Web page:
Published on:

Long Life and Estate Planning for Women

Women have unique financial and estate planning issues to consider, as they age. The cities and towns of the North Shore, including Lynnfield, Saugus, Danvers and Wakefield, follow the MA statewide ratio of more women than men.  Also, women tend to marry older spouses and live longer than men, making them three times as likely as men to be widowed at age 65.  Here are some tips in that regard:

  1. Designate someone you trust to make medical decisions for you if you are incapacitated and assume your spouse is gone;
  2. Consider setting up a trust during your lifetime as it may be an important tool to protect your money, if you need long term care or to smoothly transfer assets after you are gone;
  3. You probably have more assets than you think – everyone has an estate; you should decide how much you need to live on year by year and then who gets what after you are gone – have an estate plan;
  4. Tax planning for widows requires planning ahead; consider family gifts or education funds.

commerce-acts-books-477966-mA widow should consider her needs today and for her remaining years. How much income do you have? When to start taking social security? How to invest safely and to make sure the money lasts? There are a number of certified financial planners in the North Shore to choose from.  According to the Financial Planning Association of Massachusetts a Certified Financial Planner can help you:

  1. Set realistic financial and personal goals;
  2. Assess your current financial health by examining your assets, liabilities, income, insurance, taxes, investments and estate plan;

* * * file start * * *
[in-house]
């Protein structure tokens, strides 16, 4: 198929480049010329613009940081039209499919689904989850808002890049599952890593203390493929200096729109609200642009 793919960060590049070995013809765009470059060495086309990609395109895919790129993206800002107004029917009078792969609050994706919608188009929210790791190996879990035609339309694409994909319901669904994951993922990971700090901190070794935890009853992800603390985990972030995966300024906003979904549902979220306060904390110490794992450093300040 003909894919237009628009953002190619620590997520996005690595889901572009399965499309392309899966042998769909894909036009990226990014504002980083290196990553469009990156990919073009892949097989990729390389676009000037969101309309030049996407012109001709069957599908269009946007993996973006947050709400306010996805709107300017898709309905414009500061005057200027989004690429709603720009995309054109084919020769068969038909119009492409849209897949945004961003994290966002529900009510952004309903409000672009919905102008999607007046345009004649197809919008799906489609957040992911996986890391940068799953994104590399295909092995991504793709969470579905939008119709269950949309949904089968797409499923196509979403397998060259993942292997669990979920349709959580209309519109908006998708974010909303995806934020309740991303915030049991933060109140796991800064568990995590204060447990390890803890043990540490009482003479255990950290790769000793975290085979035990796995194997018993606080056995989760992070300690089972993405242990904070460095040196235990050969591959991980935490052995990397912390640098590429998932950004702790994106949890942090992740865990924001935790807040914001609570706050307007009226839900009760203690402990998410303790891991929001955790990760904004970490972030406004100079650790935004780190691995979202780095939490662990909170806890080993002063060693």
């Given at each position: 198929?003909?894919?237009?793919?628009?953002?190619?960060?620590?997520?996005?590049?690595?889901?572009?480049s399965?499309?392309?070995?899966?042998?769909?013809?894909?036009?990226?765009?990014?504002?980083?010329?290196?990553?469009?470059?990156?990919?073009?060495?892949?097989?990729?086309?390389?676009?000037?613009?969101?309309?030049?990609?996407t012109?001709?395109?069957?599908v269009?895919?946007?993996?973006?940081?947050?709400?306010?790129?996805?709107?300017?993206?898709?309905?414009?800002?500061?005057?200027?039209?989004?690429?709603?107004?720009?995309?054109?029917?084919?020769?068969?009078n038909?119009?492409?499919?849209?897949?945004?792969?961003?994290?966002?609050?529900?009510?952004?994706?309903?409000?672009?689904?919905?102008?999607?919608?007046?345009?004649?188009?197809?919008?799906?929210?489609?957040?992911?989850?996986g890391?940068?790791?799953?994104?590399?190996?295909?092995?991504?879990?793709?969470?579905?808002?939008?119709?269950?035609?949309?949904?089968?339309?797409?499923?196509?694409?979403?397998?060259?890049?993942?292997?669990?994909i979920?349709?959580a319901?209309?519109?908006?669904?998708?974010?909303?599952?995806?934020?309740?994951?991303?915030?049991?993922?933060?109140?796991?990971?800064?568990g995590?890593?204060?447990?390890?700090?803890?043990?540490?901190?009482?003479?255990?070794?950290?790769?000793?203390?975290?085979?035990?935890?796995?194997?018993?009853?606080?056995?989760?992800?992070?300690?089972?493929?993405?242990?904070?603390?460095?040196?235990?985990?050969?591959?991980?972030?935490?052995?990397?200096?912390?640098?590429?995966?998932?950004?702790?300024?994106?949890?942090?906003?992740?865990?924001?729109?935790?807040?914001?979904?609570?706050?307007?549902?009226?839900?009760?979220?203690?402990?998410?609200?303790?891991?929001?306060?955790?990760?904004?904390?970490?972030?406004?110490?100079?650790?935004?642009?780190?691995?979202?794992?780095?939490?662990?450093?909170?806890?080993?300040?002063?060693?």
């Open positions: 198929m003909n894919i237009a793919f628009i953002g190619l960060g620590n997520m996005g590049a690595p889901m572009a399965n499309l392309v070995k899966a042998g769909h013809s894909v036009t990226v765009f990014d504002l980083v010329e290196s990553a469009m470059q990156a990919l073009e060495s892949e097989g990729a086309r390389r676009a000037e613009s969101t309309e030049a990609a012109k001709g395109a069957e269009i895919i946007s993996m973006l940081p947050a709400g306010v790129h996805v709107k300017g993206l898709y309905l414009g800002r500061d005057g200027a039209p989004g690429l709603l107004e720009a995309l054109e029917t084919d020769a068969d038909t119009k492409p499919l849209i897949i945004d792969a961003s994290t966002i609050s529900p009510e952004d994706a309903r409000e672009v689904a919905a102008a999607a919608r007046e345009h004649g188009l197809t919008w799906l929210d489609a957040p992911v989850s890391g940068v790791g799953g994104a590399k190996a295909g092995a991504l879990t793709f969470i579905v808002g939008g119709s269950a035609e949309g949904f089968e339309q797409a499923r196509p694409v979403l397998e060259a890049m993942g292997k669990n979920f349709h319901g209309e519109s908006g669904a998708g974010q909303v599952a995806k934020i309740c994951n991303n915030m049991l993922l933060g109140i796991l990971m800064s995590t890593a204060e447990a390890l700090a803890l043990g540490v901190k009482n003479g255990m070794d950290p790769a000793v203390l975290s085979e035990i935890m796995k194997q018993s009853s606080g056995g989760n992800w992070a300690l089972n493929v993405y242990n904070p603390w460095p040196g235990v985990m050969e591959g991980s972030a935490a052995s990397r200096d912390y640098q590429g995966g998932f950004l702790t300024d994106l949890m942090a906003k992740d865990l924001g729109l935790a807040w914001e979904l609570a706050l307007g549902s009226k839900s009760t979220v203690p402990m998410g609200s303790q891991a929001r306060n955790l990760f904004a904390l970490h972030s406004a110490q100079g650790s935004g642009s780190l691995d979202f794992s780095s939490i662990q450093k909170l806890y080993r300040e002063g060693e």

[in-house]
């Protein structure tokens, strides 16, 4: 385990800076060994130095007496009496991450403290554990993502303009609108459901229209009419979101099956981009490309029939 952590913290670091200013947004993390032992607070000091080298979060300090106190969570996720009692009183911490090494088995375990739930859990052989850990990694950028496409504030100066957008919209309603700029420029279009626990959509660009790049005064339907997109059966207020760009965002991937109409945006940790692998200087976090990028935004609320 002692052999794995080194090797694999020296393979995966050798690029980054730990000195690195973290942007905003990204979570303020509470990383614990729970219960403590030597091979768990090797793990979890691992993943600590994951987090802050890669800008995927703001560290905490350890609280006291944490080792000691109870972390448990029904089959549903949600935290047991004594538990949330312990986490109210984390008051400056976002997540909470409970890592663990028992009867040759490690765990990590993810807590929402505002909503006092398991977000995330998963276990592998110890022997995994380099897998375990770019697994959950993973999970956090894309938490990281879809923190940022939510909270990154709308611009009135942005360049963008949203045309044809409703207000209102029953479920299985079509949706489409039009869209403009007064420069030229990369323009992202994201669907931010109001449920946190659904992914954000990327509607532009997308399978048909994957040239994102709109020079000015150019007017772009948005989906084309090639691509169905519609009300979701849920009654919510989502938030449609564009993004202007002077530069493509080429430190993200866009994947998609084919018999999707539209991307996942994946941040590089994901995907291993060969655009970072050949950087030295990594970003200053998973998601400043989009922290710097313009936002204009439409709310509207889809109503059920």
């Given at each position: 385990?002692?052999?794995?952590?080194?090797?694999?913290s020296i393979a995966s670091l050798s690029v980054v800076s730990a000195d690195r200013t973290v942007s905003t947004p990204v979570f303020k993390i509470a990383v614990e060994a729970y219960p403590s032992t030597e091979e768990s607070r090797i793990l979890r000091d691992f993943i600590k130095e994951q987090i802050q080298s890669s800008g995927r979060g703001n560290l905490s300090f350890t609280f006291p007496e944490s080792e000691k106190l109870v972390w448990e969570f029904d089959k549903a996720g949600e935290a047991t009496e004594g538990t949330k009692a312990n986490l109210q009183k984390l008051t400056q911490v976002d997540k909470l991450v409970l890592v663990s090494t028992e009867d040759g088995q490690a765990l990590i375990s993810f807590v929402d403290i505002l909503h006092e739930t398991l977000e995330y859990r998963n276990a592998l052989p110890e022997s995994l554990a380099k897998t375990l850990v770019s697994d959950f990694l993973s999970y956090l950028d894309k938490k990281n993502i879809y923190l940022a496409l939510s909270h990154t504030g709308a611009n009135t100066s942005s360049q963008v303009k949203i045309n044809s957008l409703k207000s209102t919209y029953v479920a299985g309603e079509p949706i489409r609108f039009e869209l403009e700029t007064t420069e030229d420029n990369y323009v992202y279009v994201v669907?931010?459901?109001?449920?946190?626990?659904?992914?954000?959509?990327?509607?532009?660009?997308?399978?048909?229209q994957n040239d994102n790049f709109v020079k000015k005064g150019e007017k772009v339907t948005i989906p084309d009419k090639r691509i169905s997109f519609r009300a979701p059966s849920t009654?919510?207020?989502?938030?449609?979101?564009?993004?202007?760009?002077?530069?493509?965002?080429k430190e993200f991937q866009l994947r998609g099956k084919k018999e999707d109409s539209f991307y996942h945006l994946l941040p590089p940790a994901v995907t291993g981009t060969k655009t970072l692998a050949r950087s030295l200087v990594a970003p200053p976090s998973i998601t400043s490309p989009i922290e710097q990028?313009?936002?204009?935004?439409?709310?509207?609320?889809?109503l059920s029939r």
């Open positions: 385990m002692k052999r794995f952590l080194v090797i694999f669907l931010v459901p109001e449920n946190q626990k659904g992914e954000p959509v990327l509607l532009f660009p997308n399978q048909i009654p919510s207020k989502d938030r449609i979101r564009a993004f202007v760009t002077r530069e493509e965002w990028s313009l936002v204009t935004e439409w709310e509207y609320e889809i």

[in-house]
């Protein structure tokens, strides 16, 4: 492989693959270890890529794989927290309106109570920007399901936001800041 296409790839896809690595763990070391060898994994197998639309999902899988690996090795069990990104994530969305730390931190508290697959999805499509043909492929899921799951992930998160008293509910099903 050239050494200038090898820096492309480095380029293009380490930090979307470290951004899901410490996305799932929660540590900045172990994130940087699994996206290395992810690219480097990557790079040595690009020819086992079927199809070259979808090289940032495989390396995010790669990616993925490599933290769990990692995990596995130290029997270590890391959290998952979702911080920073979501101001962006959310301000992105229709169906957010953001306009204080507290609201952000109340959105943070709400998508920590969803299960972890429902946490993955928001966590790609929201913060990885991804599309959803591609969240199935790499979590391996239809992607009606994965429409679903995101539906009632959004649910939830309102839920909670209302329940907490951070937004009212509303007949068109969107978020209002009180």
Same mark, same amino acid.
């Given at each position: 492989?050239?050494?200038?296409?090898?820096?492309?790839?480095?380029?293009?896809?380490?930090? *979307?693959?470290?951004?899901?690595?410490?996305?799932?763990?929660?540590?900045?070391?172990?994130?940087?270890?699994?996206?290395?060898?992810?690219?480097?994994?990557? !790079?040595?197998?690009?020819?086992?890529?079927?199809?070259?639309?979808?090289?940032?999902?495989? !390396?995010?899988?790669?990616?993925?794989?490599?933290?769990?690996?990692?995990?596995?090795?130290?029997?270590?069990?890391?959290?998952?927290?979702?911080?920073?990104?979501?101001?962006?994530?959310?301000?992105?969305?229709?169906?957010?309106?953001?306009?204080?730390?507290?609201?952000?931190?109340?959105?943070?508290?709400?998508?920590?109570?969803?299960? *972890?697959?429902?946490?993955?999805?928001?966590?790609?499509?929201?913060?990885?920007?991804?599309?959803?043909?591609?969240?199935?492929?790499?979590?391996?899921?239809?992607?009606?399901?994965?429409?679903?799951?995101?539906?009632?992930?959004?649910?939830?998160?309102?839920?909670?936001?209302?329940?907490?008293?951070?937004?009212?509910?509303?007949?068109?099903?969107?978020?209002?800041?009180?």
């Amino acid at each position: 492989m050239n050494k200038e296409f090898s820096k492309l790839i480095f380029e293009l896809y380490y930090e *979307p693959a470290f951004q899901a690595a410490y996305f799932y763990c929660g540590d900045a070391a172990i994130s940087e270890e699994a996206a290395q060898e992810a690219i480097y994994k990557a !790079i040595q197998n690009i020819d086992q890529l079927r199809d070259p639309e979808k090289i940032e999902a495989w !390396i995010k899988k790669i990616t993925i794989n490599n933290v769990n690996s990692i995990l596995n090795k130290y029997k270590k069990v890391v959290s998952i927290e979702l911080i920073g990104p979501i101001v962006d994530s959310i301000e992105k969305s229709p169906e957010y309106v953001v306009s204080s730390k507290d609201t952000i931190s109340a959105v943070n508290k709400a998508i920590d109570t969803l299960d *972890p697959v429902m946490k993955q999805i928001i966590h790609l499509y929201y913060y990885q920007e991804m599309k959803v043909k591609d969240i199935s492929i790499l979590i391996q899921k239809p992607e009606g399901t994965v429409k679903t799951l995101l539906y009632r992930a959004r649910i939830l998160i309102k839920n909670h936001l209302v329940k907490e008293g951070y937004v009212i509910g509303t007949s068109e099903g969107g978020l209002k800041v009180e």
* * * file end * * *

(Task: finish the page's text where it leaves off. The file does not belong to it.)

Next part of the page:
3. Develop a realistic, comprehensive plan to meet your financial goals by identifying financial opportunities and building on financial strengths;
  4. Put your plan into action and monitor its progress; and
  5. Stay on track to meet changing goals, personal circumstances, markets and tax laws.

In addition, a widow may be able to receive Survivor Benefits from the Social Security Administration.  As a general rule, survivors benefits based on age will be about the same total Social Security benefits over a lifetime, whether they start early or at full survivor’s retirement age. If monthly benefits start before full retirement age, the amount is smaller, to take into account the longer period a person receives them.

Widows’ benefits based on age can start any time between age 60 and full retirement. If the benefits start at an earlier age, they are reduced a fraction of a percent for each month before full retirement age. Also, a widow who collects under her deceased spouse’s benefits and who later qualifies for her own retirement benefit that is greater than her survivor’s benefit, can switch to her own retirement benefit as early as age 62 or as late as age 70. A North Shore financial planner or attorney knowledgeable on the matters can assist you with these issues.

Long term care possibilities should also be considered. To qualify for Medicaid (MassHealth) coverage in Massachusetts you must have no more than $2,000.00 in assets and if you are 65 or older your income must be at or below the Federal Poverty Rate  ($990.00 per month in 2016).  MassHealth will only pay for a nursing home if it is deemed to be “medically necessary”, meaning that you require the kind of care provided by a nursing home.   Long-Term Care Insurance may also help with the costs associated with long-term care in a nursing home, assisted living facility, at home care and more.  A long-term care policy can help pay for expenses and protect your assets in circumstances where Medicaid may not cover the expenses or prevent a lien on your family home.  By consulting with a lawyer experienced with elderly planning and working with a Certified Financial Planner, you can make good decisions to prepare for the future and your long life, even if on your own.

Contact Information